In determining the appropriate level of discipline, the Special Master points to the American Bar Association's Standards for Imposing Lawyer Sanctions as instructive, see In the Matter of Morse, 266 Ga. 652, 653 (470 S.E.2d 232) (1996), and notes that ABA Standard 3.0 provides that in imposing a sanction after a finding of lawyer misconduct, a court should consider the duty violated, the lawyer's mental state, the potential or actual injury caused by the lawyer's misconduct, and the existence of aggravating or mitigating factors; and that ABA Standard 4.43 provides that a reprimand is generally appropriate when a lawyer is negligent and does not act with reasonable diligence in representing a client, and causes injury or potential injury to a client. In mitigation, the Special Master notes, pursuant to ABA Standard 9.32, the absence of a dishonest or selfish motive; personal or emotional problems; restitution, with Kirby providing a full refund to the client in SDBD No. 6926 and a partial refund of fees to the client in SDBD No. 6979; and remorse. As further mitigation, the Special Master notes that Kirby underwent a psychological evaluation with a licensed psychologist who determined that he was fit to continue practicing law; that he attended counseling sessions through the Lawyer Assistance Program offered by the State Bar; that he continues to undergo treatment with a licensed psychologist; and that, as Kirby stated in mitigation in his second petition, he attended Continuing Legal Education courses and additional seminars on small firm management, running a law firm, and lawyer wellness.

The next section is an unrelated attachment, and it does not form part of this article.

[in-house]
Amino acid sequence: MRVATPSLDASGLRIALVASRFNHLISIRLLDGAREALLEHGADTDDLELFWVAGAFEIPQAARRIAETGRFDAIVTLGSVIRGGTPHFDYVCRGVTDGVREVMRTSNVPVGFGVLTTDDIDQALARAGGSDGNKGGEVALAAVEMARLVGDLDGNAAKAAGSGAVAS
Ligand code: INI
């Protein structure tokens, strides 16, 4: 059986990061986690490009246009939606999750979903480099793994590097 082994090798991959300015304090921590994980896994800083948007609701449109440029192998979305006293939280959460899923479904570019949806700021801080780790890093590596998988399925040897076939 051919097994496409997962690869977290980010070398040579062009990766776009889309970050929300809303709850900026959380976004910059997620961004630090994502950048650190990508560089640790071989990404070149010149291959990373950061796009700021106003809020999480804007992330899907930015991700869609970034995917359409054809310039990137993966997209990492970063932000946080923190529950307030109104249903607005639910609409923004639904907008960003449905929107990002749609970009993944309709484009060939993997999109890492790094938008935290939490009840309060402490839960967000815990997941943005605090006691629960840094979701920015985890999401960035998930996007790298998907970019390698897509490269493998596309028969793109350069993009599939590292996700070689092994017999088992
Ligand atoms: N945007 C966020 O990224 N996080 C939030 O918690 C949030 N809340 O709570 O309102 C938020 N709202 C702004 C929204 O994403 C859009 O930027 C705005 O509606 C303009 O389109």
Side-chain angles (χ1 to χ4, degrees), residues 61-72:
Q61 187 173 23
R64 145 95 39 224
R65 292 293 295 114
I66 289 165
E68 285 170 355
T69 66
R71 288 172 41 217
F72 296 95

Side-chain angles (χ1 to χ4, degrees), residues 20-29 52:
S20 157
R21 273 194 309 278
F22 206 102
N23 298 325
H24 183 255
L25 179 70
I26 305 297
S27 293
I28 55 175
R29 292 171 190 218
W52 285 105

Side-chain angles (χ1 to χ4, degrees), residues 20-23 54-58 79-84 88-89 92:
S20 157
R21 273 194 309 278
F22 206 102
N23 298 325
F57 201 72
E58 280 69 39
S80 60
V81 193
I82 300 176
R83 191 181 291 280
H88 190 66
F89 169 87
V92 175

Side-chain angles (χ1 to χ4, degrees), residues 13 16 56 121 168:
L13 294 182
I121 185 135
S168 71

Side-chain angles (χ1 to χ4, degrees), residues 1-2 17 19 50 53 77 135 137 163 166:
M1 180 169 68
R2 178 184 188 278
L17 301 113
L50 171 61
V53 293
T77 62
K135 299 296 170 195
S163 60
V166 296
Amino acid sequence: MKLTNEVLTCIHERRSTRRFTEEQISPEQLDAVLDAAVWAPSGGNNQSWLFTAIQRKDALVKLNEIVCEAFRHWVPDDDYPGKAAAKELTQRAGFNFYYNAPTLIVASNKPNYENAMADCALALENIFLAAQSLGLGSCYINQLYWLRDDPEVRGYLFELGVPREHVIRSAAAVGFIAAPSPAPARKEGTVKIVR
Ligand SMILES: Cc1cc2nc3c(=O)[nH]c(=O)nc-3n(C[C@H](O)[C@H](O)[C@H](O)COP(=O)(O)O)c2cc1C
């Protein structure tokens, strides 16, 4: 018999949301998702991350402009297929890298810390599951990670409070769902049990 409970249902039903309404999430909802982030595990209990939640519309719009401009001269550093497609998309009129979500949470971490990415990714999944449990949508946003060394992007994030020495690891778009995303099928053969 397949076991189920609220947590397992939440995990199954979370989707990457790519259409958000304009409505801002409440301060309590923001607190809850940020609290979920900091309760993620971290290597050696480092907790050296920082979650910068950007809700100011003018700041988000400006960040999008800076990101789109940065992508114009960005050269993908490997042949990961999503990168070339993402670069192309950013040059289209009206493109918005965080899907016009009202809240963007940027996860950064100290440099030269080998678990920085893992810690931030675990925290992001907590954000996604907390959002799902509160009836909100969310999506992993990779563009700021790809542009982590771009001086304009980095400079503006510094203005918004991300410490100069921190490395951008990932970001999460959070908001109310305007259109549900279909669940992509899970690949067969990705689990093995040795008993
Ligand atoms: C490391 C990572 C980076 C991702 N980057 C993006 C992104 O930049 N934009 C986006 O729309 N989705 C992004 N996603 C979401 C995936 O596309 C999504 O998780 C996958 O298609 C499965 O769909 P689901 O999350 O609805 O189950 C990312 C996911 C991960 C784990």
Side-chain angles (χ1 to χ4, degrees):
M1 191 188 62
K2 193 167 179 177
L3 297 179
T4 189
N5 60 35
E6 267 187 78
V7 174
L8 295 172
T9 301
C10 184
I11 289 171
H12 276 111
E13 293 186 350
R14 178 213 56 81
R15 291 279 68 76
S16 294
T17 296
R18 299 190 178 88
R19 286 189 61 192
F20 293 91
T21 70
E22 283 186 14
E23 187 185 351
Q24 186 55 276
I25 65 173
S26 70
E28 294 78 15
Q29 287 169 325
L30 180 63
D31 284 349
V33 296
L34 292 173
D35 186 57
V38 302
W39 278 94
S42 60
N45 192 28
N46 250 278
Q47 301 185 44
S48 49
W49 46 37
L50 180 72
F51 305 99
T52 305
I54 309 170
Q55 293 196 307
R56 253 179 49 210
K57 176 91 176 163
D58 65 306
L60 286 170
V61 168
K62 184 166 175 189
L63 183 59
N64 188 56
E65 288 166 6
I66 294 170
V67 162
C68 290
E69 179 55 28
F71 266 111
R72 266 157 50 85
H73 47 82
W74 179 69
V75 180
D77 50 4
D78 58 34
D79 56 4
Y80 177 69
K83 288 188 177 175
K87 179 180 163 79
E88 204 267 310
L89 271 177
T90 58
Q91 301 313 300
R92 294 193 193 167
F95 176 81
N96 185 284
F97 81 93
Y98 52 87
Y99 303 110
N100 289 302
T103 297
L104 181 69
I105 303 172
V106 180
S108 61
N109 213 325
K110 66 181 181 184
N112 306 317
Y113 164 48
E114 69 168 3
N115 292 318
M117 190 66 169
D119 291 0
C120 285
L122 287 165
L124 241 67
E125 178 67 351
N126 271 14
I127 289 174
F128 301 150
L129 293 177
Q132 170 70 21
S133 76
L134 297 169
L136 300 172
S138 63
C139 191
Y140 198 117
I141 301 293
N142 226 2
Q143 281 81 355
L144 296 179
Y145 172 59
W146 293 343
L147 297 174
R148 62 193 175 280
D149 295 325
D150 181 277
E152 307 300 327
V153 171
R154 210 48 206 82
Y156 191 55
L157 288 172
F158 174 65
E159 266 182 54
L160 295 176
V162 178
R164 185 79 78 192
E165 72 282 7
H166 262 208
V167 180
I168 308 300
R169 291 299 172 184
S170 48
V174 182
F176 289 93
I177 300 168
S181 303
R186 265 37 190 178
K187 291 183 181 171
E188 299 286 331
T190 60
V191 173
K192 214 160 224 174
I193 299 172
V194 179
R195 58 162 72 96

In aggravation, the Special Master notes, pursuant to ABA Standard 9.22, the multiple offenses involved, a pattern of misconduct, and his prior disciplinary ...